Gilmour’s Linn waterfall, also known known as Touch Glen Waterfall is a hidden gem situated in Touch Glen just outside Stirling. It is backed with a long cave which has links to Bonnie Prince Charlie, hence why it has been nicknamed Charlie’s Cave.
The term ‘linn’ is commonly used to describe a waterfall or the pool below the waterfall in southern Scotland.
History of Charlie’s Cave and Gilmour’s Linn
Bonnie Prince Charlie and his army were hosted by Elizabeth Seton at the nearby Touch House before the Jacobite’s fought the government army in the battle of Prestonpans in 1745. Bonnie Prince Charlie allegedly visited the waterfall and cave for some quiet reflection before what would become the Jacobite’s first decisive victory.
Some also claim that Bonnie Prince Charlie hid in the cave following the Jacobite defeat at The Battle of Culloden. It would have been too risky to stay in Touch House as the Setons were known supporters of the Jacobite’s, so it is thought he hid in the nearby cave.
Servants would have been able to take him food and supplies in secret. We are not sure how true this theory is due to the location of the cave and Charlie’s subsequent escape to Skye.
Finding Gilmour’s Linn and Charlie’s Cave
Gilmour’s Linn is an incredibly beautiful place to visit if you know how to find it. The best way to access this waterfall while causing the least local disruption possible is to begin your walk at the waterworks building. To reach the waterworks take the first left turn after leaving the village of Cambusbarron. Follow this road and keep to the right when the road splits in two. Drive carefully over the cattle-grids and be mindful of sheep wandering on the road. Stop and park when you reach the waterworks building.
Walk down alongside the waterworks building and pass an old wooden scout hut. Round the corner into a small field. The field can be boggy in places so be careful. Go through the gate (remembering to close it behind you) and follow the track that winds to the left of the farmhouse. When the track begins to wind downhill carry on towards the trees in front of you. Climb over or go under the fence before you and head into the trees.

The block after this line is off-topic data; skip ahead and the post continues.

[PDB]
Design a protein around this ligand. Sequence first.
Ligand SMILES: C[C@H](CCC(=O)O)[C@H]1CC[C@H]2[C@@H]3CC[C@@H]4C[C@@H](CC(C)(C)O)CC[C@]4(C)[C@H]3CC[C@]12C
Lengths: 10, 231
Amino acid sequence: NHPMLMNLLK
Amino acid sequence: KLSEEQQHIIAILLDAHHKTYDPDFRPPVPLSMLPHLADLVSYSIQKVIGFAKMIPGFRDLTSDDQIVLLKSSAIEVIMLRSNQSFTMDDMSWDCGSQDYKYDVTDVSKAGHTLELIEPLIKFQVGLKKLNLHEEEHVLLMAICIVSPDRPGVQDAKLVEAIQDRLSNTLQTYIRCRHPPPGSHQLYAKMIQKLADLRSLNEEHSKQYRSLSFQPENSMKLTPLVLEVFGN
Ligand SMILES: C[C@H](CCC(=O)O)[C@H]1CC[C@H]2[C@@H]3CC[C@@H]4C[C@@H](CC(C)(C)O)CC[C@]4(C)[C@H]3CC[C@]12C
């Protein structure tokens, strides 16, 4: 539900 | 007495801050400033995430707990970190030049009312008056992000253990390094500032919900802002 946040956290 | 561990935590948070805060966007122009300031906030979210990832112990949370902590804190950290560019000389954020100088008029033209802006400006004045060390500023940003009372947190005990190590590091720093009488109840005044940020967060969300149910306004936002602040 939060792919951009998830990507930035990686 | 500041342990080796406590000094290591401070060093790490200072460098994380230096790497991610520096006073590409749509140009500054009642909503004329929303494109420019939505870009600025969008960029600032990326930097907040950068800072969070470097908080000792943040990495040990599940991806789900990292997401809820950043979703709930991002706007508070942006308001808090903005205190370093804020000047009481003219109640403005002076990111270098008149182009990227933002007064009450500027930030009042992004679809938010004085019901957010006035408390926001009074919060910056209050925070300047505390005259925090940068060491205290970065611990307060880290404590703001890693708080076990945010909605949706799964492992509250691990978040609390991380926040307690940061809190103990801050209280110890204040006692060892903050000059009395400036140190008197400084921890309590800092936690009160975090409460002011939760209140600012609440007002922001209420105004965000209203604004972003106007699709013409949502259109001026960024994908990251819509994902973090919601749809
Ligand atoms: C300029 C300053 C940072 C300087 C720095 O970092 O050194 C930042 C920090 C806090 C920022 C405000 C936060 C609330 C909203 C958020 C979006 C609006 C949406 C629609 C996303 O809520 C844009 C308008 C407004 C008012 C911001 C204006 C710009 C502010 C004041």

You will see and hear Touch Burn and should be able to find the path that runs close to the gully. Be careful as the path is quite thin and runs close to the edge of the gorge . Keep following this path until you reach some uprooted trees and an old stone wall. After this you will make your way down to the waterfall on your right. Be careful when you are descending to the waterfall. It can be slippery, especially after rainfall. I would recommend doing this on a nice day and being very careful with your footing. Do NOT attempt to get down to any of the other waterfalls as the descents to these are dangerous.
The Waterfall and Cave
You can walk all around the cave at the back of the waterfall and view the waterfall from behind. If you’re feeling brave enough the pool is also a great place for a refreshing dip! We certainly enjoyed jumping in the cold water! The pool is probably around 4ft at its deepest and it is possible to get directly under the waterfall if you fancy a cold shower!
Watch a short video of our visit to Gilmour’s Linn
Things to remember
When visiting Gilmour’s Lynn (or any beauty spot) please remember to treat the area with the respect it deserves. Here are a few things to be mindful of.
- Take any litter back home with you. Places like this will not stay beautiful for long if we don’t all do our part to keep them that way. We always try and take away more than we came with! Every little helps.
- Gates are there for a reason, if you open them it is important to remember to close them behind you and same goes if you find them open, leave them open (as the farmer may have left them open for a reason).
- Don’t block the roads or access points. When you are parking up make sure that you are parked in a suitable carpark or area that doesn’t inconvenience anyone.
- If you pass people’s homes/ gardens respect their privacy. Don’t knock on doors or walk through people’s gardens and be polite and courteous at all times.
- Be careful when walking. Walking routes ( and especially those on the way to waterfalls) can often involve steep sections and sheer drops. It is really important to be mindful of your footing and make sure you keep a very close eye on children. Don’t try and get down to waterfalls if there is not a clear and obvious route.
We hope you enjoyed this blog and please do let us know if you manage to find Gilmour’s Linn